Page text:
Native Americans

Arlene B. Hirschfelder

Book - 2000

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New York : Dorling Kindersley Pub 2000.
1st American ed
Physical Description
192 p. : ill. (some col.), col. maps. ; 29 cm
Includes bibliographical references (p. 186) and index.
Main Author
Arlene B. Hirschfelder (-)
Review by Booklist Reviews

This big, heavily pictorial book resembles a stop-frame documentary film. Historic photos crowd its pages, showing American Indian life from ancestral times to the present. Excerpts from Indian autobiographies offer the voices of Black Elk, Tecumseh, Louis Riel, Sarah Winnemucca, and others, and Hirschfelder's own text is concise and comprehensive. Differentiating the book from similar ones that concentrate on traditional lifeways is its strong focus on the war between the U.S. and the Indian nations, which left the latter confined to tiny shreds of land, on which poverty and despair often ruled. Yet the renewal and revitalization of some cultures, together with ongoing disputes over land and Indian rights, provide a hopeful ending to the often tragic overall story of dispossession and persecution. "Kill every buffalo you can. Every buffalo dead is an Indian gone," said a U.S. army colonel in 1870. Today, Wilma Mankiller, chief of the Cherokees, says, "Despite the last 500 years, there is much to celebrate." ((Reviewed June 1 & 15, 2000)) Copyright 2000 Booklist Reviews

Review by Library Journal Reviews

In this profusely and creatively illustrated book, Hirschfelder, an award-winning author (Happily May I Walk: American Indians and Alaskan Natives Today) who was formerly with the Association for American Indian Affairs, responds to the insatiable demand for depictions of Indians and their ways of life. Text sections, arranged in a loose chronological order, include "A Conflict of Cultures," "Dispossession and Loss," "War Against Native Peoples," and "Resurgence and Renewal." Each section features vignettes from the history of Indian-white relations the massacre at Sand Creek, for example and illustrations and photographs that help tell the story. In "Native Voice" sections, readers are exposed to the thoughts of historical and contemporary Native American leaders as expressed in their speeches or writings. There is a great deal of information packed in these heavily illustrated pages, but not a lot of attention is paid to any single subject. An indifferent index fails to include much of the information found in picture captions. The book is best for browsers of Native American history. Recommended for general collections. Mary B. Davis, Huntington Free Lib., Bronx, NY Copyright 2000 Cahners Business Information.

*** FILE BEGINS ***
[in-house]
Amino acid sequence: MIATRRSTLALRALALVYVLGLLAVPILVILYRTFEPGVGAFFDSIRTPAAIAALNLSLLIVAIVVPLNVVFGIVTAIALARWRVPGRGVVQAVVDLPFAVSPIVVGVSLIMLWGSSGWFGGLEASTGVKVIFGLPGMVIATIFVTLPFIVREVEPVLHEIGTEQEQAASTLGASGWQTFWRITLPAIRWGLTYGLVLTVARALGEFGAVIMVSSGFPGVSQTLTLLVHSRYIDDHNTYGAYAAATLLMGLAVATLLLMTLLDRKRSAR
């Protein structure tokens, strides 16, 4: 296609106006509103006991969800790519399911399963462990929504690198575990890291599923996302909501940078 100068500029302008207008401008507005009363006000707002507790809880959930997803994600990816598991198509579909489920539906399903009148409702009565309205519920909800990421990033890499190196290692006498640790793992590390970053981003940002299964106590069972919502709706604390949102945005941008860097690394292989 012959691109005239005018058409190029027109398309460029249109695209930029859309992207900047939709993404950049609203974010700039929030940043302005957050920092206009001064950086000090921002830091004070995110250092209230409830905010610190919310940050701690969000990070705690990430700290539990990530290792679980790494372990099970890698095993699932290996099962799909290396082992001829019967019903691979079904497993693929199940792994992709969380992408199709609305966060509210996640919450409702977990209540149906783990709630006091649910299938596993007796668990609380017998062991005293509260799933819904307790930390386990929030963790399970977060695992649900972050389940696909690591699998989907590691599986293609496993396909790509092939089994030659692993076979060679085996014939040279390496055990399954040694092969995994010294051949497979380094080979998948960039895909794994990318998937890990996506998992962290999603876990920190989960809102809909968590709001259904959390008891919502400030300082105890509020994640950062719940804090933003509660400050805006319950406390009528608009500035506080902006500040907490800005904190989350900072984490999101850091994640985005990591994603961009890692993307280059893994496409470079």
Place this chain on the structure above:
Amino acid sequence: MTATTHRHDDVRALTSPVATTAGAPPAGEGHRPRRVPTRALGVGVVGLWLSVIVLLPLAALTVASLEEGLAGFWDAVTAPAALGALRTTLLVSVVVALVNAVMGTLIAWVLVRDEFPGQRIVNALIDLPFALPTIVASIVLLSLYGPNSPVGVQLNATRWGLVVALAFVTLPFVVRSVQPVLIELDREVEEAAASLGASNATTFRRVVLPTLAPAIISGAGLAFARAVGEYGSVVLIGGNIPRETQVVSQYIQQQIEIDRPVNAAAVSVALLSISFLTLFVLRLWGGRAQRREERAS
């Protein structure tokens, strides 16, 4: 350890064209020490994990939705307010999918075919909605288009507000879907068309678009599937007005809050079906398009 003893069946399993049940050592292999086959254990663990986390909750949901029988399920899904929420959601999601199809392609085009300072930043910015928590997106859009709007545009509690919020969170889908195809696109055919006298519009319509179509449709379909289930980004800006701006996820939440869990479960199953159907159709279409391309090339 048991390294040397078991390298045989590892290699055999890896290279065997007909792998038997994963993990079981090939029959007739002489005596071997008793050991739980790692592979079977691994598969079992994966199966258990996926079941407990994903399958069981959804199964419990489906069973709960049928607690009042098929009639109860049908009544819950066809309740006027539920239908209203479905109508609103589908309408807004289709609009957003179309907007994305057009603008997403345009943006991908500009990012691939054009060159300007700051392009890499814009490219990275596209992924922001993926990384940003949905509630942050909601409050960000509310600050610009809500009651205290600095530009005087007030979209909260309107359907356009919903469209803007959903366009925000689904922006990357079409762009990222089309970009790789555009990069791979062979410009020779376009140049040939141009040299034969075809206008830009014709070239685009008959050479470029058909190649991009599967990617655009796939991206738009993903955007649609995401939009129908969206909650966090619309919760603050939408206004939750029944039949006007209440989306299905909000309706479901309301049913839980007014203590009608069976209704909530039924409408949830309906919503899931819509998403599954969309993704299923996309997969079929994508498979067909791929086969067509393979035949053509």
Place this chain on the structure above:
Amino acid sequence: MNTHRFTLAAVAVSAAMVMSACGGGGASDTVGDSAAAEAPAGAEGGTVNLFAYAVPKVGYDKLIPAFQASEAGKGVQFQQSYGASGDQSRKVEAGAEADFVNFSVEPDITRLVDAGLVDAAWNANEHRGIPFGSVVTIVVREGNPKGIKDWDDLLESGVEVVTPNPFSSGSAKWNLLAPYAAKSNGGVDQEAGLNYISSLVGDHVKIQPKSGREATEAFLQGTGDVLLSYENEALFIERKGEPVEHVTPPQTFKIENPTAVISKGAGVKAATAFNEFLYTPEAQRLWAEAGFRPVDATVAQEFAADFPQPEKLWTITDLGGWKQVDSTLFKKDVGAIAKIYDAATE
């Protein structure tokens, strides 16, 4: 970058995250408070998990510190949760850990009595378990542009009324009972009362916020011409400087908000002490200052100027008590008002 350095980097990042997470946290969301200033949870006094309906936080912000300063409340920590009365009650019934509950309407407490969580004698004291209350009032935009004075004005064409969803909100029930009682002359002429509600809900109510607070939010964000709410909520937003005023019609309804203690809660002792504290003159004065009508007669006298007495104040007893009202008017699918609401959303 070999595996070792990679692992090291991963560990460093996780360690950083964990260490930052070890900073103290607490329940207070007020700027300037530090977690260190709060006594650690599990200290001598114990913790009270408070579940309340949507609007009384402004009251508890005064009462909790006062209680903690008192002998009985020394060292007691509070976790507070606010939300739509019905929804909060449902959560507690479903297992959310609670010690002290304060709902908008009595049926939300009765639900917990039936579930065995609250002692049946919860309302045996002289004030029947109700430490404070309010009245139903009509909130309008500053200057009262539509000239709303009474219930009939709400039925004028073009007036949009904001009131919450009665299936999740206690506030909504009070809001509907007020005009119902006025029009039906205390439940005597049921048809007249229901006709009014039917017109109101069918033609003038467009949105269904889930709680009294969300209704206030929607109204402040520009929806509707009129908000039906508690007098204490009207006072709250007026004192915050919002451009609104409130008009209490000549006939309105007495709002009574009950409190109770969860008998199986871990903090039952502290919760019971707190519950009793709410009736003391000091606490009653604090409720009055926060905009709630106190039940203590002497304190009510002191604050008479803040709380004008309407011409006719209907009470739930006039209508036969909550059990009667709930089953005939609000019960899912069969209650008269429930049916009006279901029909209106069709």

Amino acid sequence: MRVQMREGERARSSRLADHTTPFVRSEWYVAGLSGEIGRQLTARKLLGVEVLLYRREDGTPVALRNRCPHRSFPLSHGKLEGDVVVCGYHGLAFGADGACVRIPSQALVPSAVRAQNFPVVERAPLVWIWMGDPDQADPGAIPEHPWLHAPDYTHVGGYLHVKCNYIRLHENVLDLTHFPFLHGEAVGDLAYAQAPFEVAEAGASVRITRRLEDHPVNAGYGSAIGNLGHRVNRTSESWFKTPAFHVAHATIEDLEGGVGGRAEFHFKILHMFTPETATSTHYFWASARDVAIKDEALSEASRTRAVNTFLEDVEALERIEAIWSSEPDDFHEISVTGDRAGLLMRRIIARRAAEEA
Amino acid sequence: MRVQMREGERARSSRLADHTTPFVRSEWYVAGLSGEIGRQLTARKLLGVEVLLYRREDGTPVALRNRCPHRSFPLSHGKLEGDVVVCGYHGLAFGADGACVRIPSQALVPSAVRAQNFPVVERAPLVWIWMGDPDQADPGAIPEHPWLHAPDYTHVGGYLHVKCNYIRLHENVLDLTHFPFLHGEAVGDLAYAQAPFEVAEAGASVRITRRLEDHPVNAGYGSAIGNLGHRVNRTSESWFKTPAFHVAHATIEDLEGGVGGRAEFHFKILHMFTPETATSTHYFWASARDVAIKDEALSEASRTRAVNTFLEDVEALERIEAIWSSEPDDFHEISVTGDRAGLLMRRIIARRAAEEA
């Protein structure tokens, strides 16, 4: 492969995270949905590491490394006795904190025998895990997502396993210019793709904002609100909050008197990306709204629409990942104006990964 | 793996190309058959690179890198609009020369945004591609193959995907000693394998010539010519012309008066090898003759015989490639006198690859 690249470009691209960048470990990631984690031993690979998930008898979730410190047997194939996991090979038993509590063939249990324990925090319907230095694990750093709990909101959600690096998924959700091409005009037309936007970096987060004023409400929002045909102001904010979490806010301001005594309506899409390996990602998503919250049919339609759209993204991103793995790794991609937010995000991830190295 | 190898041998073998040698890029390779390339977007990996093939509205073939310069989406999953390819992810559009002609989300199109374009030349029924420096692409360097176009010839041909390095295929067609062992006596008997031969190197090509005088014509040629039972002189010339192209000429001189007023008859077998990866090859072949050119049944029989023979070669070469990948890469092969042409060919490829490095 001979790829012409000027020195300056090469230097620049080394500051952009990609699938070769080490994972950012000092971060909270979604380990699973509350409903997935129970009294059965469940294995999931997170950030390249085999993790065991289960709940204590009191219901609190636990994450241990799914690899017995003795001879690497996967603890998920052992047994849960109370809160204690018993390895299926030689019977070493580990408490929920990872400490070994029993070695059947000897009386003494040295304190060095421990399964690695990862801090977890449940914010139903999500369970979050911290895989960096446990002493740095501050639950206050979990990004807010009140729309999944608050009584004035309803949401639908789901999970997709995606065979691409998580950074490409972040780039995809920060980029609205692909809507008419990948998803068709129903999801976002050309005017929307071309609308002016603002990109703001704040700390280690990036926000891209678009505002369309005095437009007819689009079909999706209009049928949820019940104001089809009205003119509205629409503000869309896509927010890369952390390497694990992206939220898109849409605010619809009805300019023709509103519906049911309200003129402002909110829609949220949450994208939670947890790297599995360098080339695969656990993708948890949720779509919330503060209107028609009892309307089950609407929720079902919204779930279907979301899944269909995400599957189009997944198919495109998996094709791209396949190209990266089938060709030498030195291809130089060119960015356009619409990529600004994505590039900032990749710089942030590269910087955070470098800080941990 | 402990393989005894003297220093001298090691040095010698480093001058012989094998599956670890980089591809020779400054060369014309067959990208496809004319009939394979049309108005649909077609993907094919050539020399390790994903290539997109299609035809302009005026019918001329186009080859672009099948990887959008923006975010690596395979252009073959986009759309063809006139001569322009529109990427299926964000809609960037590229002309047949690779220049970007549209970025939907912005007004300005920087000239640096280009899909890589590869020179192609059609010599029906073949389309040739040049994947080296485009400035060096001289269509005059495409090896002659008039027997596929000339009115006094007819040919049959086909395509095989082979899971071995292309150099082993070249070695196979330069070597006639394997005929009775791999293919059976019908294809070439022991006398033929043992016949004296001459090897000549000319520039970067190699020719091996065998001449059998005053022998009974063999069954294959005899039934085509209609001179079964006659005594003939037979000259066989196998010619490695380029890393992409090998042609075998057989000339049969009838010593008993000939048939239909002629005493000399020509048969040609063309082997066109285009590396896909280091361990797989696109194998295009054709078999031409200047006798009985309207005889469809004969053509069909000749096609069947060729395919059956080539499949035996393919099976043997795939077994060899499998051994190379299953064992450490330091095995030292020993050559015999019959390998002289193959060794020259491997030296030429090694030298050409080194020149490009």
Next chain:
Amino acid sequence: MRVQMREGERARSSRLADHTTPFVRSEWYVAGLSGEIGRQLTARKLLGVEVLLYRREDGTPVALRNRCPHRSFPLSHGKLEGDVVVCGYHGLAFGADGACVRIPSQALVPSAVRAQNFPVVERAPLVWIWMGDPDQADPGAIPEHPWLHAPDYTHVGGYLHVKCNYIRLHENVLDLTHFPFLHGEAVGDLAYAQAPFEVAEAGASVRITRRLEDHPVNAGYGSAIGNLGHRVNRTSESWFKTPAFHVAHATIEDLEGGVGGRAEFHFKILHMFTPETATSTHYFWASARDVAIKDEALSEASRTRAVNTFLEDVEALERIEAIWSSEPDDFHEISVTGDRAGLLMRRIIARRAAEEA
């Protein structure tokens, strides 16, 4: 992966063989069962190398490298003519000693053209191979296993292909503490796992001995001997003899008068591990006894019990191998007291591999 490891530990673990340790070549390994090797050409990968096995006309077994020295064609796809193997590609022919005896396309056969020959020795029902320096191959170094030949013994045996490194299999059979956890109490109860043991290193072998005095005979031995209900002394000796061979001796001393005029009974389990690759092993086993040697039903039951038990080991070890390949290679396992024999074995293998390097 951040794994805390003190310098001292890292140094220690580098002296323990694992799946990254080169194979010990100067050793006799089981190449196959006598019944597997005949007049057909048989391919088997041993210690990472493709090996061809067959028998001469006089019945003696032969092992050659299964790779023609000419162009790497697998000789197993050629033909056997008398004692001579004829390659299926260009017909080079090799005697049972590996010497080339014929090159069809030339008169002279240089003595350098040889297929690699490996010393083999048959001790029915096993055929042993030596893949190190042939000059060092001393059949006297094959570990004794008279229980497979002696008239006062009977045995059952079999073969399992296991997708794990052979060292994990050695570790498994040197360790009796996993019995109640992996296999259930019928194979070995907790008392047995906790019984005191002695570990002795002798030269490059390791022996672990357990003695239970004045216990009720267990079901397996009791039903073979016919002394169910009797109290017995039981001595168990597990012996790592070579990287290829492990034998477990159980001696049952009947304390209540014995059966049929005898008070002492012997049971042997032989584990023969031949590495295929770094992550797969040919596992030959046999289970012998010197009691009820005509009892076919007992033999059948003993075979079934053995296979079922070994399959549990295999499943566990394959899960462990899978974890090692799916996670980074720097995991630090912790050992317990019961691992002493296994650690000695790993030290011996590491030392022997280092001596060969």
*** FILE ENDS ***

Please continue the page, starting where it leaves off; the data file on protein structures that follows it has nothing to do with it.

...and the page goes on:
Review by Publisher Summary 1

Combines archival photographs and researched text to present a history of Native Americans that covers their conflicts and struggles through their spiritual life and adaptations to contemporary America.

Review by Publisher Summary 2

Features major events and figures in Native American history, from the first contact with Europeans to Native Americans' role in contemporary society, and explains their religious beliefs and customs.

Review by Publisher Summary 3

In a pictorial survey of early to contemporary Indian life, a non-Native authority presents several Native voices and images of traditional ways, conflict, dispossession, and cultural renewal. Includes a foreword by a tribal chairperson, map of Native American homelands, 1990 tribal census data, and resources. Though a good (and cheap) introduction to the subject, the book lacks the usual DK magnetism. Annotation c. Book News, Inc., Portland, OR (